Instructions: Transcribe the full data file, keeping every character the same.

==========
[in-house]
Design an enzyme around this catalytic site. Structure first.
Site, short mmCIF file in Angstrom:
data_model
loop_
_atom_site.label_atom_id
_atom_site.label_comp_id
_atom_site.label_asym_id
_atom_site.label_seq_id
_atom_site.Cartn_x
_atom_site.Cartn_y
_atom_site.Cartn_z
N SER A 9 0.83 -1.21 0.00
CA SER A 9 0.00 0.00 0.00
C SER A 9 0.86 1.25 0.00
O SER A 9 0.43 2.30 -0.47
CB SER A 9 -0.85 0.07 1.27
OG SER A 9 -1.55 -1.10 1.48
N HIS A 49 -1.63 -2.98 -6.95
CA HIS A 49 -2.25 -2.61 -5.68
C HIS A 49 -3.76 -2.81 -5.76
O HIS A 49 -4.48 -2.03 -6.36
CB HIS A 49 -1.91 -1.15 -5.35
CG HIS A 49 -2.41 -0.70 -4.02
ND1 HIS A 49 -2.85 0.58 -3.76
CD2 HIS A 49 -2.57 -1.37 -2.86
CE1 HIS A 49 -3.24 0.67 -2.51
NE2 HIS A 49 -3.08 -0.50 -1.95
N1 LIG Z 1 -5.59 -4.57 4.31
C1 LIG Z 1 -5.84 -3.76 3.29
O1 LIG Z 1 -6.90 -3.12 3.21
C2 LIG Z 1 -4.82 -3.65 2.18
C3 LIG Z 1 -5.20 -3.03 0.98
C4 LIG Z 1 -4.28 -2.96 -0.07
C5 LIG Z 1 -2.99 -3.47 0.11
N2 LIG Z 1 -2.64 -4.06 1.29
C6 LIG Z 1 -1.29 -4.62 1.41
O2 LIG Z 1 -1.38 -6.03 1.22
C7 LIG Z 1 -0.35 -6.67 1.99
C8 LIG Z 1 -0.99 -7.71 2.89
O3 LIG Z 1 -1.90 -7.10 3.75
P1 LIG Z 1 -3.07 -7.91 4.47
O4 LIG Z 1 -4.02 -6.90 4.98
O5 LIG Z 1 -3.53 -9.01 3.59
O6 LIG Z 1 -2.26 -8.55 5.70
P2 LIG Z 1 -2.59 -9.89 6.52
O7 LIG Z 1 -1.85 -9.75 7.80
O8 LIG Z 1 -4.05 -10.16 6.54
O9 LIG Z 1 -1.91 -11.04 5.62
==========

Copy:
[in-house]
Design an enzyme around this catalytic site. Structure first.
Site, short mmCIF file in Angstrom:
data_model
loop_
_atom_site.label_atom_id
_atom_site.label_comp_id
_atom_site.label_asym_id
_atom_site.label_seq_id
_atom_site.Cartn_x
_atom_site.Cartn_y
_atom_site.Cartn_z
N SER A 9 0.83 -1.21 0.00
CA SER A 9 0.00 0.00 0.00
C SER A 9 0.86 1.25 0.00
O SER A 9 0.43 2.30 -0.47
CB SER A 9 -0.85 0.07 1.27
OG SER A 9 -1.55 -1.10 1.48
N HIS A 49 -1.63 -2.98 -6.95
CA HIS A 49 -2.25 -2.61 -5.68
C HIS A 49 -3.76 -2.81 -5.76
O HIS A 49 -4.48 -2.03 -6.36
CB HIS A 49 -1.91 -1.15 -5.35
CG HIS A 49 -2.41 -0.70 -4.02
ND1 HIS A 49 -2.85 0.58 -3.76
CD2 HIS A 49 -2.57 -1.37 -2.86
CE1 HIS A 49 -3.24 0.67 -2.51
NE2 HIS A 49 -3.08 -0.50 -1.95
N1 LIG Z 1 -5.59 -4.57 4.31
C1 LIG Z 1 -5.84 -3.76 3.29
O1 LIG Z 1 -6.90 -3.12 3.21
C2 LIG Z 1 -4.82 -3.65 2.18
C3 LIG Z 1 -5.20 -3.03 0.98
C4 LIG Z 1 -4.28 -2.96 -0.07
C5 LIG Z 1 -2.99 -3.47 0.11
N2 LIG Z 1 -2.64 -4.06 1.29
C6 LIG Z 1 -1.29 -4.62 1.41
O2 LIG Z 1 -1.38 -6.03 1.22
C7 LIG Z 1 -0.35 -6.67 1.99
C8 LIG Z 1 -0.99 -7.71 2.89
O3 LIG Z 1 -1.90 -7.10 3.75
P1 LIG Z 1 -3.07 -7.91 4.47
O4 LIG Z 1 -4.02 -6.90 4.98
O5 LIG Z 1 -3.53 -9.01 3.59
O6 LIG Z 1 -2.26 -8.55 5.70
P2 LIG Z 1 -2.59 -9.89 6.52
O7 LIG Z 1 -1.85 -9.75 7.80
O8 LIG Z 1 -4.05 -10.16 6.54
O9 LIG Z 1 -1.91 -11.04 5.62